Nobody is perfect — or — everybody is perfectly imperfect. As such, nobody is always conscious of their thoughts and feelings. Mindlessness happens — and there are times to just embrace it and let go.
You are empowered at any time to reconnect to yourself and be mindful.
Action spurred from thought and feeling
Finally, to make anything manifest and consciously create any tangible or intangible thing, there needs to be action.
When you have practiced mindfulness to become conscious of your thoughts and feelings that opens you to knowing and directing the intent of your actions. Intentional action is a step to manifestation. Big or small, it’s how things get done.
Unintentional actions are things you do with no goal or purpose. They can also be done subconsciously with no intended consequence nor outcome. Action for the sake of action looks like it’s something — but tends to be inconsequential.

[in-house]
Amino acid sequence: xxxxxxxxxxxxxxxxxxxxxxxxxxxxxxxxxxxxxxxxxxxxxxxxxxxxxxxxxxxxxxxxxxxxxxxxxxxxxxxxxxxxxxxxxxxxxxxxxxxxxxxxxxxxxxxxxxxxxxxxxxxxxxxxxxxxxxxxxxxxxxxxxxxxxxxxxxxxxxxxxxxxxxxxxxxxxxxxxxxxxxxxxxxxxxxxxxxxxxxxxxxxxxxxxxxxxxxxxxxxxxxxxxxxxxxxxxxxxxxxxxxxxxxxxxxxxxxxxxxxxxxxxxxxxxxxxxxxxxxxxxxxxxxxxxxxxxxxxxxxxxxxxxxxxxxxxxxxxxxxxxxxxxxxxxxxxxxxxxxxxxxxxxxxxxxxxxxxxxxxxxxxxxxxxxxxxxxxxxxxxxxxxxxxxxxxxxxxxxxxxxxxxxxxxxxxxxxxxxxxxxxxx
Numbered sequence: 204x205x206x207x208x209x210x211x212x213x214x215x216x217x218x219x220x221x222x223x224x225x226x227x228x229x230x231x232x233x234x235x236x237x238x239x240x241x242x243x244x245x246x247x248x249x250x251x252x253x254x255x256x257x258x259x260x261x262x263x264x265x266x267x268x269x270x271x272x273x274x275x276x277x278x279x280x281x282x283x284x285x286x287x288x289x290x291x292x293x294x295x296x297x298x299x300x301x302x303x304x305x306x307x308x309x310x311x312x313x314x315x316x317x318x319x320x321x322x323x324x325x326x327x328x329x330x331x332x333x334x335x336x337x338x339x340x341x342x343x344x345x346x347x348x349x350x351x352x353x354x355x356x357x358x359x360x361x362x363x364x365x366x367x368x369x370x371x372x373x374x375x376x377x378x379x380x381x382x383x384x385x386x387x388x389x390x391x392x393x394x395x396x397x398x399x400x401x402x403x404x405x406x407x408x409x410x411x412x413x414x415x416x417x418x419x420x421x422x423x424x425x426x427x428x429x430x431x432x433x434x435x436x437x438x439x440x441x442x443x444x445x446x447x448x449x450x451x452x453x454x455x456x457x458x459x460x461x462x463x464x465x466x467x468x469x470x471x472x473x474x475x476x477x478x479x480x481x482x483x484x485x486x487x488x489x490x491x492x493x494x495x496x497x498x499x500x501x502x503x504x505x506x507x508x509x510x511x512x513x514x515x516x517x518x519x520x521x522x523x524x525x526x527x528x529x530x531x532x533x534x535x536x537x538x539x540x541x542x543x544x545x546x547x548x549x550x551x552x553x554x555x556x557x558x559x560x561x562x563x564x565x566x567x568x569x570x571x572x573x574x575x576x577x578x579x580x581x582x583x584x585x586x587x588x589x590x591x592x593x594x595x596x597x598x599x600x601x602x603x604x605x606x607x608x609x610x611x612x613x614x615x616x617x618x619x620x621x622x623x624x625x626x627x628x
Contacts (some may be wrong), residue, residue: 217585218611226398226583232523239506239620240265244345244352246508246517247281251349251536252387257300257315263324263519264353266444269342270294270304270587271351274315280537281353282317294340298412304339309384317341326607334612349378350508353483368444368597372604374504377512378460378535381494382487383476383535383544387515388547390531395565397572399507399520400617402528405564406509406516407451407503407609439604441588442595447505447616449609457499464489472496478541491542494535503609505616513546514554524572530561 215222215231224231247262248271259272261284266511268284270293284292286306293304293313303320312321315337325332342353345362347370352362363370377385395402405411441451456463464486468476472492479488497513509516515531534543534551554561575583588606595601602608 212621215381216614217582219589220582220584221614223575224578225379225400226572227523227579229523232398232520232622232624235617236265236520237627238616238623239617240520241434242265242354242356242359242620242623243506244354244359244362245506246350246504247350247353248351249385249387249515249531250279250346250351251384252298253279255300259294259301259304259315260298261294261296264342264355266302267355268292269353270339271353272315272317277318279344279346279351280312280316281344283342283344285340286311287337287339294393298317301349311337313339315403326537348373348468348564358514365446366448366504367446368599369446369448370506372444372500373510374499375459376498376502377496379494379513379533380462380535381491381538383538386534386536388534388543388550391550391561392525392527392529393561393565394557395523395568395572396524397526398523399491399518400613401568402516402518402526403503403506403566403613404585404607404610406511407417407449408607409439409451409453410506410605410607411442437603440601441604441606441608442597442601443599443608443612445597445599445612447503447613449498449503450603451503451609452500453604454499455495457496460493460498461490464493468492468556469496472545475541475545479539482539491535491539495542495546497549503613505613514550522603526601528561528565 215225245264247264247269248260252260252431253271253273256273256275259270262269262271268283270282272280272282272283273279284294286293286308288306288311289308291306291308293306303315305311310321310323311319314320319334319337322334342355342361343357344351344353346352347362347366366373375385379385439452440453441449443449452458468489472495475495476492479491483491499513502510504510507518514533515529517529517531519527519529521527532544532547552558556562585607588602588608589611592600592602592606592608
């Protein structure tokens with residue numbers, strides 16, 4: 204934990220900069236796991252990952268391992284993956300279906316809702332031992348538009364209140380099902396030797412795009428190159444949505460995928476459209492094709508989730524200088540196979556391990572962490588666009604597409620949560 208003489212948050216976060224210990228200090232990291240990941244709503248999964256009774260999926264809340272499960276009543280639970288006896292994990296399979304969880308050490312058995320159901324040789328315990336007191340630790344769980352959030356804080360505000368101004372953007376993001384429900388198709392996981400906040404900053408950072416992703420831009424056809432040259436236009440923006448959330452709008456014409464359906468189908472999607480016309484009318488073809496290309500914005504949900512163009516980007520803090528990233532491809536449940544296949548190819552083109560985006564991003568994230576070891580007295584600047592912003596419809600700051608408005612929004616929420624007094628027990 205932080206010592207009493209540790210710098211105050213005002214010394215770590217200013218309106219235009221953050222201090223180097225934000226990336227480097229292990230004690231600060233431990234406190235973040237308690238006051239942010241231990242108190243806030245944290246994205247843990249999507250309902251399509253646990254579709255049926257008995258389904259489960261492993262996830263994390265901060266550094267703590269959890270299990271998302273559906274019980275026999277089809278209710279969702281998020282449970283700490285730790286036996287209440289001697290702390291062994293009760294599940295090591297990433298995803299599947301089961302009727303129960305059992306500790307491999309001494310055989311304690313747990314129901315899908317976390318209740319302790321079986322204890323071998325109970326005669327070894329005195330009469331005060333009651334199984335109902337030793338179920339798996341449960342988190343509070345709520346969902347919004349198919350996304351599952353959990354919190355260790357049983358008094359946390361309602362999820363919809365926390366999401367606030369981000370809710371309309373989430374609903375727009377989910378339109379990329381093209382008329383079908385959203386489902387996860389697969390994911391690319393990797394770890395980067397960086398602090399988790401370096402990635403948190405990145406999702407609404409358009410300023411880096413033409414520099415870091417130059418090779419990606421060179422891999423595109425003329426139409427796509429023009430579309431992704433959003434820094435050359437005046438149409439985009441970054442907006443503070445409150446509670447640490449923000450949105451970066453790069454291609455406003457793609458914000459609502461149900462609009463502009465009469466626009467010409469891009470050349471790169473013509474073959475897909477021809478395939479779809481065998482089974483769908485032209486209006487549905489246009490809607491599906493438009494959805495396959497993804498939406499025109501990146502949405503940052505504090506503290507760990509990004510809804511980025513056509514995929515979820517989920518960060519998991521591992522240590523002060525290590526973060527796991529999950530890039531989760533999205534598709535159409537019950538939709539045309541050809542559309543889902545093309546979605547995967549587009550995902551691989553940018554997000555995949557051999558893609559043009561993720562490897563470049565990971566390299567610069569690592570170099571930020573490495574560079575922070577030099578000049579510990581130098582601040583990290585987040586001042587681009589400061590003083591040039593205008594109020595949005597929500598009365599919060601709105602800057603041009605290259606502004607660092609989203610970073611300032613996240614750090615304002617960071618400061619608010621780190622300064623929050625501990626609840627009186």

President Trump holds daily briefings on the COVID-19 crisis to look like he’s taking intentional action. But since nothing comes of this it’s merely action for the sake of action.
If his action in the briefings was intentional — directing things to help the situation along rather than narcissistic masturbation — that would be intentional action capable of manifesting something into reality.
No matter who you are or where you come from you are empowered to consciously create your reality. When you break down mindfulness into its constituent parts and examine closely what awareness of your thoughts, feelings, and action are, you can see how it can help you help yourself.
Do you practice mindfulness to consciously create your reality?
You are worthy and deserving of using mindfulness to find and/or create the reality in which you desire to live. When all is said and done you and I matter as do your thoughts, feelings, and actions.
Originally published at http://titaniumdon.com on April 29, 2020.